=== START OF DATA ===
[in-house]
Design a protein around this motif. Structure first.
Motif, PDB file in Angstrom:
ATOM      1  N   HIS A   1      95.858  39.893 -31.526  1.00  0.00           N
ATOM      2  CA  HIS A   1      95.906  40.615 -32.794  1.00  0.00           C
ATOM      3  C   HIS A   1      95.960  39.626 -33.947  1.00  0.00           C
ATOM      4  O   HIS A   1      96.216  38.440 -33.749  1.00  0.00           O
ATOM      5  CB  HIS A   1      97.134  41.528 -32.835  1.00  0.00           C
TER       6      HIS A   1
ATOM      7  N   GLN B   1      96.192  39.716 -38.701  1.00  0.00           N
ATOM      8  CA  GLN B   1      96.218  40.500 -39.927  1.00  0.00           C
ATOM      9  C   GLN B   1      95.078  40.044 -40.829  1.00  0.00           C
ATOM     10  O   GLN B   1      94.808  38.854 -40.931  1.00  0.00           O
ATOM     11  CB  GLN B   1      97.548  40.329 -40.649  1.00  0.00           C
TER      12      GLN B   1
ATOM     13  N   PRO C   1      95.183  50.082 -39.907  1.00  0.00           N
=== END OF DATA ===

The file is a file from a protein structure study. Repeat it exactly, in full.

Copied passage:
[in-house]
Design a protein around this motif. Structure first.
Motif, PDB file in Angstrom:
ATOM      1  N   HIS A   1      95.858  39.893 -31.526  1.00  0.00           N
ATOM      2  CA  HIS A   1      95.906  40.615 -32.794  1.00  0.00           C
ATOM      3  C   HIS A   1      95.960  39.626 -33.947  1.00  0.00           C
ATOM      4  O   HIS A   1      96.216  38.440 -33.749  1.00  0.00           O
ATOM      5  CB  HIS A   1      97.134  41.528 -32.835  1.00  0.00           C
TER       6      HIS A   1
ATOM      7  N   GLN B   1      96.192  39.716 -38.701  1.00  0.00           N
ATOM      8  CA  GLN B   1      96.218  40.500 -39.927  1.00  0.00           C
ATOM      9  C   GLN B   1      95.078  40.044 -40.829  1.00  0.00           C
ATOM     10  O   GLN B   1      94.808  38.854 -40.931  1.00  0.00           O
ATOM     11  CB  GLN B   1      97.548  40.329 -40.649  1.00  0.00           C
TER      12      GLN B   1
ATOM     13  N   PRO C   1      95.183  50.082 -39.907  1.00  0.00           N